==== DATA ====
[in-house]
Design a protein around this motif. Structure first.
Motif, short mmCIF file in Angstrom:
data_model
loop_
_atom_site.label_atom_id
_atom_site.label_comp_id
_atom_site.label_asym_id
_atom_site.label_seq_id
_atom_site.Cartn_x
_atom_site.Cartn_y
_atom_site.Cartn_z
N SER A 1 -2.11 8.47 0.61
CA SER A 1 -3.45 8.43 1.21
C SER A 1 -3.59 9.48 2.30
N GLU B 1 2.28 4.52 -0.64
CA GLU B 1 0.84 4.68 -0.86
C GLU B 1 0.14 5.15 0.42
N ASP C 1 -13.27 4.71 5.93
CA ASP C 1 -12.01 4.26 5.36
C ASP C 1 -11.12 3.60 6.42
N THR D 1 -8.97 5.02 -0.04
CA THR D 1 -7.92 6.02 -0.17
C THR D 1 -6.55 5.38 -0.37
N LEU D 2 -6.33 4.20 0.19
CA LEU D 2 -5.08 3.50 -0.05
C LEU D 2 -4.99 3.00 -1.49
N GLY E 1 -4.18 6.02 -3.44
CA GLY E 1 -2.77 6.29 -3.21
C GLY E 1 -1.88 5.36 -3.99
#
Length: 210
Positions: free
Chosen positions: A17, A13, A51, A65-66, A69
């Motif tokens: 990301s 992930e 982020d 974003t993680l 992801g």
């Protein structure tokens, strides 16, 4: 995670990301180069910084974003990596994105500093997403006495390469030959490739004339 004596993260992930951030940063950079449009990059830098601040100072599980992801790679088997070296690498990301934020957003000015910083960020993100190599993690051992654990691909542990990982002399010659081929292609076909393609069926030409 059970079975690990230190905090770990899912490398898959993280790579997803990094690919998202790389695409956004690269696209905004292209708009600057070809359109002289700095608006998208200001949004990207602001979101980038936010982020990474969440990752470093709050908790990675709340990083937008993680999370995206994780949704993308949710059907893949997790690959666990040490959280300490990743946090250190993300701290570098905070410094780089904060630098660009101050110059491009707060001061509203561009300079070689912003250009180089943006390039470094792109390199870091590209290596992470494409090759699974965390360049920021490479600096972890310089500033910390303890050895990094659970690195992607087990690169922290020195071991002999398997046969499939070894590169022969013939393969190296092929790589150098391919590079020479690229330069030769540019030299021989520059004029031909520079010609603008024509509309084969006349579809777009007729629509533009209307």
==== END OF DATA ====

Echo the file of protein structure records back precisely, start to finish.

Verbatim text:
[in-house]
Design a protein around this motif. Structure first.
Motif, short mmCIF file in Angstrom:
data_model
loop_
_atom_site.label_atom_id
_atom_site.label_comp_id
_atom_site.label_asym_id
_atom_site.label_seq_id
_atom_site.Cartn_x
_atom_site.Cartn_y
_atom_site.Cartn_z
N SER A 1 -2.11 8.47 0.61
CA SER A 1 -3.45 8.43 1.21
C SER A 1 -3.59 9.48 2.30
N GLU B 1 2.28 4.52 -0.64
CA GLU B 1 0.84 4.68 -0.86
C GLU B 1 0.14 5.15 0.42
N ASP C 1 -13.27 4.71 5.93
CA ASP C 1 -12.01 4.26 5.36
C ASP C 1 -11.12 3.60 6.42
N THR D 1 -8.97 5.02 -0.04
CA THR D 1 -7.92 6.02 -0.17
C THR D 1 -6.55 5.38 -0.37
N LEU D 2 -6.33 4.20 0.19
CA LEU D 2 -5.08 3.50 -0.05
C LEU D 2 -4.99 3.00 -1.49
N GLY E 1 -4.18 6.02 -3.44
CA GLY E 1 -2.77 6.29 -3.21
C GLY E 1 -1.88 5.36 -3.99
#
Length: 210
Positions: free
Chosen positions: A17, A13, A51, A65-66, A69
């Motif tokens: 990301s 992930e 982020d 974003t993680l 992801g």
């Protein structure tokens, strides 16, 4: 995670990301180069910084974003990596994105500093997403006495390469030959490739004339 004596993260992930951030940063950079449009990059830098601040100072599980992801790679088997070296690498990301934020957003000015910083960020993100190599993690051992654990691909542990990982002399010659081929292609076909393609069926030409 059970079975690990230190905090770990899912490398898959993280790579997803990094690919998202790389695409956004690269696209905004292209708009600057070809359109002289700095608006998208200001949004990207602001979101980038936010982020990474969440990752470093709050908790990675709340990083937008993680999370995206994780949704993308949710059907893949997790690959666990040490959280300490990743946090250190993300701290570098905070410094780089904060630098660009101050110059491009707060001061509203561009300079070689912003250009180089943006390039470094792109390199870091590209290596992470494409090759699974965390360049920021490479600096972890310089500033910390303890050895990094659970690195992607087990690169922290020195071991002999398997046969499939070894590169022969013939393969190296092929790589150098391919590079020479690229330069030769540019030299021989520059004029031909520079010609603008024509509309084969006349579809777009007729629509533009209307």